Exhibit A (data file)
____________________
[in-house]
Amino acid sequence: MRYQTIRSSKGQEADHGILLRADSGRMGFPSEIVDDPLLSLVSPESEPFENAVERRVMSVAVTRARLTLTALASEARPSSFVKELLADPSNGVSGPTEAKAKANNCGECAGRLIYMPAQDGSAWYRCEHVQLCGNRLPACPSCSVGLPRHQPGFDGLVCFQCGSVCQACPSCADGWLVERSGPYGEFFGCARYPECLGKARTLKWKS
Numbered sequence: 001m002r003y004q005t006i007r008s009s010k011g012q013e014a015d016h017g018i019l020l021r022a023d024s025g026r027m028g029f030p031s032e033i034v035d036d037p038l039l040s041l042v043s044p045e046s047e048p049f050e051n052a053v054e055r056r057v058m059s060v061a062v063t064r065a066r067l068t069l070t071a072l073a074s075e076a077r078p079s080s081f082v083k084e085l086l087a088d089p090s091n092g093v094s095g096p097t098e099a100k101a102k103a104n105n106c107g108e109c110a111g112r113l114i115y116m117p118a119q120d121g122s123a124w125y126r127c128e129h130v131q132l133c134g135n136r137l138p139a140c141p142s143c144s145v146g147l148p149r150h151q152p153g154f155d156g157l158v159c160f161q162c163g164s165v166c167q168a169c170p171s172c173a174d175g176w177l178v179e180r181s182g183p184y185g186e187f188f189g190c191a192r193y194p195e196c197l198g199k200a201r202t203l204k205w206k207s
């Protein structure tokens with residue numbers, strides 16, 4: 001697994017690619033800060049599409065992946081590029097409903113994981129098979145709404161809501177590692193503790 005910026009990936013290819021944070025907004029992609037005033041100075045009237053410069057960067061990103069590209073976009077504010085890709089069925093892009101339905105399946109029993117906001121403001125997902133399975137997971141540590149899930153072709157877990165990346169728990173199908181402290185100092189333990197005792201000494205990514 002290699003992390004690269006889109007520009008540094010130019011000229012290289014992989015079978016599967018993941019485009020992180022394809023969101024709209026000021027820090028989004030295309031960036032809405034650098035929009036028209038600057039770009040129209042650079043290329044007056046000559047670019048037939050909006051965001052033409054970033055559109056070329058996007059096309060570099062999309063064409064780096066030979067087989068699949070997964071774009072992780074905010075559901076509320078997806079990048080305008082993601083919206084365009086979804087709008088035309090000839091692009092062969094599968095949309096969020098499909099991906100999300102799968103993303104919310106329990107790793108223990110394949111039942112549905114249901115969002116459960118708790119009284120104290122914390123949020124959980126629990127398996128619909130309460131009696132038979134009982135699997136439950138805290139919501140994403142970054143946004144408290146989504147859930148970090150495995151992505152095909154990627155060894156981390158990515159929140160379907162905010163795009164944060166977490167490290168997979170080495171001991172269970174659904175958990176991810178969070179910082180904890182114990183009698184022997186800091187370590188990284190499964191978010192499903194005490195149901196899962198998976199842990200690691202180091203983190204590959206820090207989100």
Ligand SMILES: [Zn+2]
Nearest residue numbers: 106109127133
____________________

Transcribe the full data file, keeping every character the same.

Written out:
[in-house]
Amino acid sequence: MRYQTIRSSKGQEADHGILLRADSGRMGFPSEIVDDPLLSLVSPESEPFENAVERRVMSVAVTRARLTLTALASEARPSSFVKELLADPSNGVSGPTEAKAKANNCGECAGRLIYMPAQDGSAWYRCEHVQLCGNRLPACPSCSVGLPRHQPGFDGLVCFQCGSVCQACPSCADGWLVERSGPYGEFFGCARYPECLGKARTLKWKS
Numbered sequence: 001m002r003y004q005t006i007r008s009s010k011g012q013e014a015d016h017g018i019l020l021r022a023d024s025g026r027m028g029f030p031s032e033i034v035d036d037p038l039l040s041l042v043s044p045e046s047e048p049f050e051n052a053v054e055r056r057v058m059s060v061a062v063t064r065a066r067l068t069l070t071a072l073a074s075e076a077r078p079s080s081f082v083k084e085l086l087a088d089p090s091n092g093v094s095g096p097t098e099a100k101a102k103a104n105n106c107g108e109c110a111g112r113l114i115y116m117p118a119q120d121g122s123a124w125y126r127c128e129h130v131q132l133c134g135n136r137l138p139a140c141p142s143c144s145v146g147l148p149r150h151q152p153g154f155d156g157l158v159c160f161q162c163g164s165v166c167q168a169c170p171s172c173a174d175g176w177l178v179e180r181s182g183p184y185g186e187f188f189g190c191a192r193y194p195e196c197l198g199k200a201r202t203l204k205w206k207s
């Protein structure tokens with residue numbers, strides 16, 4: 001697994017690619033800060049599409065992946081590029097409903113994981129098979145709404161809501177590692193503790 005910026009990936013290819021944070025907004029992609037005033041100075045009237053410069057960067061990103069590209073976009077504010085890709089069925093892009101339905105399946109029993117906001121403001125997902133399975137997971141540590149899930153072709157877990165990346169728990173199908181402290185100092189333990197005792201000494205990514 002290699003992390004690269006889109007520009008540094010130019011000229012290289014992989015079978016599967018993941019485009020992180022394809023969101024709209026000021027820090028989004030295309031960036032809405034650098035929009036028209038600057039770009040129209042650079043290329044007056046000559047670019048037939050909006051965001052033409054970033055559109056070329058996007059096309060570099062999309063064409064780096066030979067087989068699949070997964071774009072992780074905010075559901076509320078997806079990048080305008082993601083919206084365009086979804087709008088035309090000839091692009092062969094599968095949309096969020098499909099991906100999300102799968103993303104919310106329990107790793108223990110394949111039942112549905114249901115969002116459960118708790119009284120104290122914390123949020124959980126629990127398996128619909130309460131009696132038979134009982135699997136439950138805290139919501140994403142970054143946004144408290146989504147859930148970090150495995151992505152095909154990627155060894156981390158990515159929140160379907162905010163795009164944060166977490167490290168997979170080495171001991172269970174659904175958990176991810178969070179910082180904890182114990183009698184022997186800091187370590188990284190499964191978010192499903194005490195149901196899962198998976199842990200690691202180091203983190204590959206820090207989100």
Ligand SMILES: [Zn+2]
Nearest residue numbers: 106109127133